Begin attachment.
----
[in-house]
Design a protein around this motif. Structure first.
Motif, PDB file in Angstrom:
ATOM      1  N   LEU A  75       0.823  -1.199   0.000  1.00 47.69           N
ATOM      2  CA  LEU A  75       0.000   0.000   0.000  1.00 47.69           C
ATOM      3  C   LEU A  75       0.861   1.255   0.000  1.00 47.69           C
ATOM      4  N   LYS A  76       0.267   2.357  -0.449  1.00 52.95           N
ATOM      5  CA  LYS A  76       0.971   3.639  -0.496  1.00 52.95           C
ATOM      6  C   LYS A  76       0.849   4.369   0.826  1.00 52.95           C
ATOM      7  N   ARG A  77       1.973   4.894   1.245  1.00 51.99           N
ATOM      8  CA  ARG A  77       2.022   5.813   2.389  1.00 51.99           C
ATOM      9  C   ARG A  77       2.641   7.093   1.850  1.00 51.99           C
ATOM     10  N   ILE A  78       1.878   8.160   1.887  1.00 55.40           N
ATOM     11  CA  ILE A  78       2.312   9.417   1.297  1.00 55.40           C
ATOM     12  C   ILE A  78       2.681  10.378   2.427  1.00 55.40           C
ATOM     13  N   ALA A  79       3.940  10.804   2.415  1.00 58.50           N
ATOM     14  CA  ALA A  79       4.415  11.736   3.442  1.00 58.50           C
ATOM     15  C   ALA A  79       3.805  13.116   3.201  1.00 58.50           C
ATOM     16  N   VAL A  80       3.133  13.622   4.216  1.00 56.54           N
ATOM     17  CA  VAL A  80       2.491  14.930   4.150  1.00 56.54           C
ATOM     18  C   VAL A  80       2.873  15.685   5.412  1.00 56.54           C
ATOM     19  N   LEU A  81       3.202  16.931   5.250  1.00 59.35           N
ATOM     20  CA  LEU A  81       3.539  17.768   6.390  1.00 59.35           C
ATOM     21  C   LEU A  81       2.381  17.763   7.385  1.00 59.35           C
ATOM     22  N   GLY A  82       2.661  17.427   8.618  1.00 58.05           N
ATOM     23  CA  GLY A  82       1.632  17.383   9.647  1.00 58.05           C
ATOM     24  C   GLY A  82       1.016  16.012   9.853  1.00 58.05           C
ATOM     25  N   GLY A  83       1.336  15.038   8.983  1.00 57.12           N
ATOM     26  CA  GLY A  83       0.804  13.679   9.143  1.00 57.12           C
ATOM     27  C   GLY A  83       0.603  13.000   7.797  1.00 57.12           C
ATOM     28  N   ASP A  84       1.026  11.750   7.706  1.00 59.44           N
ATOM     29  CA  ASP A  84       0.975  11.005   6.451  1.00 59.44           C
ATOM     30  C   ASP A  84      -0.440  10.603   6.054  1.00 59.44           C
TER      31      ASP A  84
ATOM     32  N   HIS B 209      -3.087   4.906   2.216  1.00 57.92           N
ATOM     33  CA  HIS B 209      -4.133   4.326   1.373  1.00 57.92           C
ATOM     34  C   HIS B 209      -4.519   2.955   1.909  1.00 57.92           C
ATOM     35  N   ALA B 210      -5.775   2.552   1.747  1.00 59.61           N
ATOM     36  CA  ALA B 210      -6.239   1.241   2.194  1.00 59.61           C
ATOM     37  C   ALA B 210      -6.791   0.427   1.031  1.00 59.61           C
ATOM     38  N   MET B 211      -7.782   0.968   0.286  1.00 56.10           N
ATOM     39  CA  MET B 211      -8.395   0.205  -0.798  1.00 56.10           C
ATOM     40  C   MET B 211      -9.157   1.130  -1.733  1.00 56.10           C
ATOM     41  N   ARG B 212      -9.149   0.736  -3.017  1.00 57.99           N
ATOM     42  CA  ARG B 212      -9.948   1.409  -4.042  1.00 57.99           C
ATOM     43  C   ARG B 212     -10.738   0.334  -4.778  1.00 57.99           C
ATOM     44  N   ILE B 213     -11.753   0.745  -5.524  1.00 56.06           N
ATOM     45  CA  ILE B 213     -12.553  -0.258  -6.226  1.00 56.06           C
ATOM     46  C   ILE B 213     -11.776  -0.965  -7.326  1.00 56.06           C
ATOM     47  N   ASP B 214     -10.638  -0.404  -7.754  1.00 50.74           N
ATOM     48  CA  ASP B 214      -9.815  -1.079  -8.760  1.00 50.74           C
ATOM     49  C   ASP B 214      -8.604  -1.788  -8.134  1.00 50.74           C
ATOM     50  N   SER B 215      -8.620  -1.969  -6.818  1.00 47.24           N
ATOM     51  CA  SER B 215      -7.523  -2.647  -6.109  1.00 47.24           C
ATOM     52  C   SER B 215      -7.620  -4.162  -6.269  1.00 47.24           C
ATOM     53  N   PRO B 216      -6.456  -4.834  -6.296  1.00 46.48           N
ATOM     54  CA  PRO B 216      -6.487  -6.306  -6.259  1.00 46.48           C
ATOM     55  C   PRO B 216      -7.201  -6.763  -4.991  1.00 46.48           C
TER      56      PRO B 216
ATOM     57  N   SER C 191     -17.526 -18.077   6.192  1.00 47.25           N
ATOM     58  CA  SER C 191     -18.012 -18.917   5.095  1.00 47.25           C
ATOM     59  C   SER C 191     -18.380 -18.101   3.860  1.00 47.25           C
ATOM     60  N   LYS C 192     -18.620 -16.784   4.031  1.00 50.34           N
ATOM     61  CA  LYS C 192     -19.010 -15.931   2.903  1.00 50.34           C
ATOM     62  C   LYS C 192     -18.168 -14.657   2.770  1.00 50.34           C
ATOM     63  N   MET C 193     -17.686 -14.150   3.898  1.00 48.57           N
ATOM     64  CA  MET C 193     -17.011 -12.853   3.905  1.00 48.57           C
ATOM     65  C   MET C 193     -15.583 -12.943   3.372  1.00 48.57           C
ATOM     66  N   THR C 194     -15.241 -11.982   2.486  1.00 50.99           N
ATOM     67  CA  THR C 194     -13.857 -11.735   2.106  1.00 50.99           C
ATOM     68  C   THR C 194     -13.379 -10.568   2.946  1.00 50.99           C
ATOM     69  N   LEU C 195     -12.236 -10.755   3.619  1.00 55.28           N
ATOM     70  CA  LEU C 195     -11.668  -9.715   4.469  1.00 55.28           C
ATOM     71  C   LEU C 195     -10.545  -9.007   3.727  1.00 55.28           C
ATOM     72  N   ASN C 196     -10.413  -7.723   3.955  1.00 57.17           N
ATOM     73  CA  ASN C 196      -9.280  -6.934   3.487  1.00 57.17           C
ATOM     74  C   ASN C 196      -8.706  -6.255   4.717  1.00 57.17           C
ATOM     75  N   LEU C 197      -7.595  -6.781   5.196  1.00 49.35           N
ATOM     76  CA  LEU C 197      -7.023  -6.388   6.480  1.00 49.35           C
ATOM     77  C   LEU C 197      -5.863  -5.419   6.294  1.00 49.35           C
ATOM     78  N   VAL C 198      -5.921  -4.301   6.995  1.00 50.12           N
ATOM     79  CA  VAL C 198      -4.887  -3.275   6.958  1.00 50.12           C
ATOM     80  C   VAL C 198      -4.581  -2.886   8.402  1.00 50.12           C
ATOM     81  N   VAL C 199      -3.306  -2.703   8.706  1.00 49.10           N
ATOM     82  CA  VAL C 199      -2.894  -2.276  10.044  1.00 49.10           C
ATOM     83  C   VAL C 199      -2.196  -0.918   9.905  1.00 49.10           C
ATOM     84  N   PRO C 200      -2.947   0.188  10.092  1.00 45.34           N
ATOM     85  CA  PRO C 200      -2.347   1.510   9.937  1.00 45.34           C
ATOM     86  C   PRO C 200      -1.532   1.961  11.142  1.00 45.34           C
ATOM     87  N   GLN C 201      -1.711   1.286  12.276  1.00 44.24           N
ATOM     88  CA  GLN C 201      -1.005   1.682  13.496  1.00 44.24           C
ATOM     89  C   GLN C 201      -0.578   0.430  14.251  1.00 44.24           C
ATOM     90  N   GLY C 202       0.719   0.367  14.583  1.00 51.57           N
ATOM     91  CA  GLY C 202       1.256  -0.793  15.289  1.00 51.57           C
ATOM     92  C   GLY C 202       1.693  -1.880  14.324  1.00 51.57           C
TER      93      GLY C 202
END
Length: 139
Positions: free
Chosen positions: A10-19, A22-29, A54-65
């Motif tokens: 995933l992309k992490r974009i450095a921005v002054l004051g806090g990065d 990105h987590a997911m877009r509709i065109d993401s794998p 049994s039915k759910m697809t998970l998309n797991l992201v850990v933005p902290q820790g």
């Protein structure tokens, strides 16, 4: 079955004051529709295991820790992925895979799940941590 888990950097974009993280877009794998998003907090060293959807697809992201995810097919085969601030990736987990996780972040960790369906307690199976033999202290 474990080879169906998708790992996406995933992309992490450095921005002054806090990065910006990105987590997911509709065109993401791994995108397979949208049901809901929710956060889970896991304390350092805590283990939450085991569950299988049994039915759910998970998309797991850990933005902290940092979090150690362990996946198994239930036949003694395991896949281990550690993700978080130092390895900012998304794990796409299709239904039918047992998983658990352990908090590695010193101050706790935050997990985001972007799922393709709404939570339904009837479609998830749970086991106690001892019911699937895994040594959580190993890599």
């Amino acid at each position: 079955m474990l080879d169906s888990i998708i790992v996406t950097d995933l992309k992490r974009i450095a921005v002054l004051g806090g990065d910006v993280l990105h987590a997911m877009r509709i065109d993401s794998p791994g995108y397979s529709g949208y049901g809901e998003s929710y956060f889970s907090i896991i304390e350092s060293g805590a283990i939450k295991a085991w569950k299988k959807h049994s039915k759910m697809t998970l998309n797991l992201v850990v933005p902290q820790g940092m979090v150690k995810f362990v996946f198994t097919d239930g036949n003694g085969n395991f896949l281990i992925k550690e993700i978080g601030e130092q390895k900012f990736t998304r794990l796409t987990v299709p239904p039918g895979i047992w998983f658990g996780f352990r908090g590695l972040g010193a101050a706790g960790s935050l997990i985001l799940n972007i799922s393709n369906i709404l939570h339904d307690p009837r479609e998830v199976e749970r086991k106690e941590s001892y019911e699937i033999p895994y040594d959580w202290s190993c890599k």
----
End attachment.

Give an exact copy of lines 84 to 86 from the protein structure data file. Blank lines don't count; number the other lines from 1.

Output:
ATOM     81  N   VAL C 199      -3.306  -2.703   8.706  1.00 49.10           N
ATOM     82  CA  VAL C 199      -2.894  -2.276  10.044  1.00 49.10           C
ATOM     83  C   VAL C 199      -2.196  -0.918   9.905  1.00 49.10           C